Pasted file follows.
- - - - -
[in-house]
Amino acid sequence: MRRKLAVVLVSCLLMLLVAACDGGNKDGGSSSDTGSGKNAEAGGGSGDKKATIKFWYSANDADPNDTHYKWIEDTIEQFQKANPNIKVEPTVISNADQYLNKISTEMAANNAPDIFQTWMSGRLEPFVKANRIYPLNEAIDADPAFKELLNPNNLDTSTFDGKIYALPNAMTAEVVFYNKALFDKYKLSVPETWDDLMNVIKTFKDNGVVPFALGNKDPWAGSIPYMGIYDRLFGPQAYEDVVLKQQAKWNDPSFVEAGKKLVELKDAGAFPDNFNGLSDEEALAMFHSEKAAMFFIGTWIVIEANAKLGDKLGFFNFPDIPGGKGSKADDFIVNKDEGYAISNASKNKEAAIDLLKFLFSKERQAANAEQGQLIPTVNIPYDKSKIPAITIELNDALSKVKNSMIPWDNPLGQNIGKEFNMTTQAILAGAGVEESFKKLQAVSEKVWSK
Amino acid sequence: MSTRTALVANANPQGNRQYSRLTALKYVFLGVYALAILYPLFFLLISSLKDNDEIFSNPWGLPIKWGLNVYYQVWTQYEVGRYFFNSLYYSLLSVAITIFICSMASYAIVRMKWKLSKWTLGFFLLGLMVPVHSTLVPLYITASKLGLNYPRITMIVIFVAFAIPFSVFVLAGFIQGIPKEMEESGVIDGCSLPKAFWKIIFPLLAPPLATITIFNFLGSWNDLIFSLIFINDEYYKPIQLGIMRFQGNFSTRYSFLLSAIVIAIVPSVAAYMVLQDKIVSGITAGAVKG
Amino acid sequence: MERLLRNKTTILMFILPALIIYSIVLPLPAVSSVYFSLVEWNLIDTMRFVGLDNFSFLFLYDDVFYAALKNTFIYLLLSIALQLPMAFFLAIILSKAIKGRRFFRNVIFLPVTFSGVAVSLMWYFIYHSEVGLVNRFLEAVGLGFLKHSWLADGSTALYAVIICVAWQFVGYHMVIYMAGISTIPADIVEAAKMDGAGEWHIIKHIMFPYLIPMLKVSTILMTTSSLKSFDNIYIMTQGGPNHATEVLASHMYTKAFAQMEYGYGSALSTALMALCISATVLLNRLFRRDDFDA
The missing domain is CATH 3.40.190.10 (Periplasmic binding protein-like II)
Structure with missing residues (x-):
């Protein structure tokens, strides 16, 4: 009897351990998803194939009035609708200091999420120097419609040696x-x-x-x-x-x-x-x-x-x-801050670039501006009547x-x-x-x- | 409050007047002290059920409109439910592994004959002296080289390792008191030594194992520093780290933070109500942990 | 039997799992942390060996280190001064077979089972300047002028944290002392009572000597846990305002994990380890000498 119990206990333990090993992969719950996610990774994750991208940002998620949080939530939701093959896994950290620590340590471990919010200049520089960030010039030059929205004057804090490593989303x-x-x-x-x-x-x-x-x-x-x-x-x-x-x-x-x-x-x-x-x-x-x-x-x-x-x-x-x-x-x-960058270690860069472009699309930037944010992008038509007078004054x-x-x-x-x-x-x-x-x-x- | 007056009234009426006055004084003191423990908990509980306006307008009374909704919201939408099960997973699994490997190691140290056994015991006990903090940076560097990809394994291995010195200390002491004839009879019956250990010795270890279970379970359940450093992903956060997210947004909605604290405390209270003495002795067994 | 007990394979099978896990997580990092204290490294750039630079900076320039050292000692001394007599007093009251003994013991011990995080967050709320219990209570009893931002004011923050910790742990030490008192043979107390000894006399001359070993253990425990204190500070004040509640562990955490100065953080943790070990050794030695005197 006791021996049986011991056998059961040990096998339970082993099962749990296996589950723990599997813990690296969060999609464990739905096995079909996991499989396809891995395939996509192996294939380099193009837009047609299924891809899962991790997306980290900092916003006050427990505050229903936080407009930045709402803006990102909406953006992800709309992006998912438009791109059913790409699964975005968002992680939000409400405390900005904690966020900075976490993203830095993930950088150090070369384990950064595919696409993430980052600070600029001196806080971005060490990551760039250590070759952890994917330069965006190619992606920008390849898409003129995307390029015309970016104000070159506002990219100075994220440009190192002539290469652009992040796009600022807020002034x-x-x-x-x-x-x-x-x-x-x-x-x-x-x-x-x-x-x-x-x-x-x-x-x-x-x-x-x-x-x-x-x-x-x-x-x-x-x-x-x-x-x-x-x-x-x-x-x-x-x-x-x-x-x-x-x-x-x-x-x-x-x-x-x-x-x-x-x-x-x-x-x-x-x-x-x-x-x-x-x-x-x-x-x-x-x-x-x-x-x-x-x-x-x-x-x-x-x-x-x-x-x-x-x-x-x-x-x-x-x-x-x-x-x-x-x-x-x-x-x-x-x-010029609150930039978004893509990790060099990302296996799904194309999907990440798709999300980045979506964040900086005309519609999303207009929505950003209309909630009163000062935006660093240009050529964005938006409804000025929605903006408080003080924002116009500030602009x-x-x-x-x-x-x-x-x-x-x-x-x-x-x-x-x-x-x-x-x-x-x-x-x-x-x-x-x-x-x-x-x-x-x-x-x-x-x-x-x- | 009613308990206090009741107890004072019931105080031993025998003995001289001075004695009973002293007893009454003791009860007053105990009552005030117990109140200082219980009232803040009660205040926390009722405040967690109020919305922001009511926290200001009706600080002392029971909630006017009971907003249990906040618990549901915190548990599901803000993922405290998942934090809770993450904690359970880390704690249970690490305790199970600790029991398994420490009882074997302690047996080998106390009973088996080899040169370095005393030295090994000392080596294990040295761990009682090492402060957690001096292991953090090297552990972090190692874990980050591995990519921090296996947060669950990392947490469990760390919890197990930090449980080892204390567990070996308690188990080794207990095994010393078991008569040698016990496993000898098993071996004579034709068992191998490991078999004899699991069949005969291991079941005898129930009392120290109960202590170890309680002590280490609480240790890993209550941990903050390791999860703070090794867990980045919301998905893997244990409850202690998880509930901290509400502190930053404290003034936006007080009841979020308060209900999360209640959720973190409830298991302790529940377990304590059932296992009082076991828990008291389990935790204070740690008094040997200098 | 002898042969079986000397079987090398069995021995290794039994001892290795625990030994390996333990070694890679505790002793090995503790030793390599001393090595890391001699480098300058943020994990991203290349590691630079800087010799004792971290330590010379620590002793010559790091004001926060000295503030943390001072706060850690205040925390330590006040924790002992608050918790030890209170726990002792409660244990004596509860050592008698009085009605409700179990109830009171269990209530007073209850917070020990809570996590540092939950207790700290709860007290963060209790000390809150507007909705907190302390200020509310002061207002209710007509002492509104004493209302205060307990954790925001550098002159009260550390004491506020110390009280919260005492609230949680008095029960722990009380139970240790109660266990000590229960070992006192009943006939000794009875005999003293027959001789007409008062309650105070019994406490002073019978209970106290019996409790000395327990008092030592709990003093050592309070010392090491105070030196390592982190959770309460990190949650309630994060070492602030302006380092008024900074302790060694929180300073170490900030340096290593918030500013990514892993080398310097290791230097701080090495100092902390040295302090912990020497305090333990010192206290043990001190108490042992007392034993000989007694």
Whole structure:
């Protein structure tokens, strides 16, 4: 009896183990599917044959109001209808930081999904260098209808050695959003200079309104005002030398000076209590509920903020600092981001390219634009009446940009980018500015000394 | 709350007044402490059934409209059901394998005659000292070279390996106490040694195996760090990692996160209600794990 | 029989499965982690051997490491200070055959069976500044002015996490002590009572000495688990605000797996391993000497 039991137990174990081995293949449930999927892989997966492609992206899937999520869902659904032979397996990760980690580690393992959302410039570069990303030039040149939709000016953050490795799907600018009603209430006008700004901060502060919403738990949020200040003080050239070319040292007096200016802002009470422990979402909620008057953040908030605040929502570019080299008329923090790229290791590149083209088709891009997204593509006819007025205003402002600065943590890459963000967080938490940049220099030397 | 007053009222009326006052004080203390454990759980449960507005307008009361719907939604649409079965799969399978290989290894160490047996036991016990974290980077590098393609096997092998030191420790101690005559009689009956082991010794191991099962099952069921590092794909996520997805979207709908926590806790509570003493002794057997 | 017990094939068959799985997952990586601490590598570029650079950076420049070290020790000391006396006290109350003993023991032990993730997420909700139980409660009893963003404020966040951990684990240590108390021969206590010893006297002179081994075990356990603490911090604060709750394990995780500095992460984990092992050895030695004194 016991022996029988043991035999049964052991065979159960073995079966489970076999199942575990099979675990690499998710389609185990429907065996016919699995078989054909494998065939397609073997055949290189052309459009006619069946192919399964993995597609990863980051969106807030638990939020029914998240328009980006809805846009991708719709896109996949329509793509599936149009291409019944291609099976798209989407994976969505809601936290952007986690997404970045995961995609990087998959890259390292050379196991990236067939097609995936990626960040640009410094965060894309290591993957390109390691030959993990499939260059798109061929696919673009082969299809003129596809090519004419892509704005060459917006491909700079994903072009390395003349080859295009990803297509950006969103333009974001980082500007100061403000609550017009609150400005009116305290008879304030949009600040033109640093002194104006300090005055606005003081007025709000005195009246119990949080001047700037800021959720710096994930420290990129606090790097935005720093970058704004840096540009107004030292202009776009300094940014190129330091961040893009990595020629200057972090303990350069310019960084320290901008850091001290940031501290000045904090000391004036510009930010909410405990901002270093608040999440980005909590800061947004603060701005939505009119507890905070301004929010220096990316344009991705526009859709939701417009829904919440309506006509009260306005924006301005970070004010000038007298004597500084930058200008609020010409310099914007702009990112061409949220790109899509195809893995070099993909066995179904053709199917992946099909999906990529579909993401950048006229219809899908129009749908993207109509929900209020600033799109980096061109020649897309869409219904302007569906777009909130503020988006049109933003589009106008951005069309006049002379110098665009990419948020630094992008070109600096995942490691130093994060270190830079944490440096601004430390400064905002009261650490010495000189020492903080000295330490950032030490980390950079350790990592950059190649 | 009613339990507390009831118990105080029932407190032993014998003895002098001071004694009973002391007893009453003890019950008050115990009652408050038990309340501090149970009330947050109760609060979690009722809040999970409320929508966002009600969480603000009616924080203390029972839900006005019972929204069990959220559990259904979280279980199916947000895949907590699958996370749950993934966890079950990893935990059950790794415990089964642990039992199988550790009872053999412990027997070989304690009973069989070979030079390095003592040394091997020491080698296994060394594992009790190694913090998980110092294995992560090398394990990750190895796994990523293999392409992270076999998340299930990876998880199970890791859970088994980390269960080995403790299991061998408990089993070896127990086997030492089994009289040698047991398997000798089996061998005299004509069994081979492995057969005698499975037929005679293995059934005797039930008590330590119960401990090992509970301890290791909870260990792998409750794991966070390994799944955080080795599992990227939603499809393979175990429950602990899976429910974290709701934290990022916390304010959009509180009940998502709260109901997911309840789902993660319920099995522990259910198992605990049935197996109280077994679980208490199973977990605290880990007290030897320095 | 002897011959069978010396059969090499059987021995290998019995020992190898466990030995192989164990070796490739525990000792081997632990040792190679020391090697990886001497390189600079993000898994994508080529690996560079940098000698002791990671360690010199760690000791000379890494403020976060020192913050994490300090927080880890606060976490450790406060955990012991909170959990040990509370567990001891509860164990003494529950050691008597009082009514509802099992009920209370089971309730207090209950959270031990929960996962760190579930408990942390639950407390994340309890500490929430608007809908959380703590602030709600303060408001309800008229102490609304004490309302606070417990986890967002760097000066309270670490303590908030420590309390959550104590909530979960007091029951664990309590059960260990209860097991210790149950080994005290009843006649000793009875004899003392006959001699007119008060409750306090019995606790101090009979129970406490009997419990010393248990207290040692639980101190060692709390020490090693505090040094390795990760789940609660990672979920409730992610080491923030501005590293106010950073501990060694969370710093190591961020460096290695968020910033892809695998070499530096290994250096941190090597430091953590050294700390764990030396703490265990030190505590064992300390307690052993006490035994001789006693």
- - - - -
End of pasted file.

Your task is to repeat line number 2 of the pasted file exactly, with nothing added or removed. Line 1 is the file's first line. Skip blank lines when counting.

Amino acid sequence: MRRKLAVVLVSCLLMLLVAACDGGNKDGGSSSDTGSGKNAEAGGGSGDKKATIKFWYSANDADPNDTHYKWIEDTIEQFQKANPNIKVEPTVISNADQYLNKISTEMAANNAPDIFQTWMSGRLEPFVKANRIYPLNEAIDADPAFKELLNPNNLDTSTFDGKIYALPNAMTAEVVFYNKALFDKYKLSVPETWDDLMNVIKTFKDNGVVPFALGNKDPWAGSIPYMGIYDRLFGPQAYEDVVLKQQAKWNDPSFVEAGKKLVELKDAGAFPDNFNGLSDEEALAMFHSEKAAMFFIGTWIVIEANAKLGDKLGFFNFPDIPGGKGSKADDFIVNKDEGYAISNASKNKEAAIDLLKFLFSKERQAANAEQGQLIPTVNIPYDKSKIPAITIELNDALSKVKNSMIPWDNPLGQNIGKEFNMTTQAILAGAGVEESFKKLQAVSEKVWSK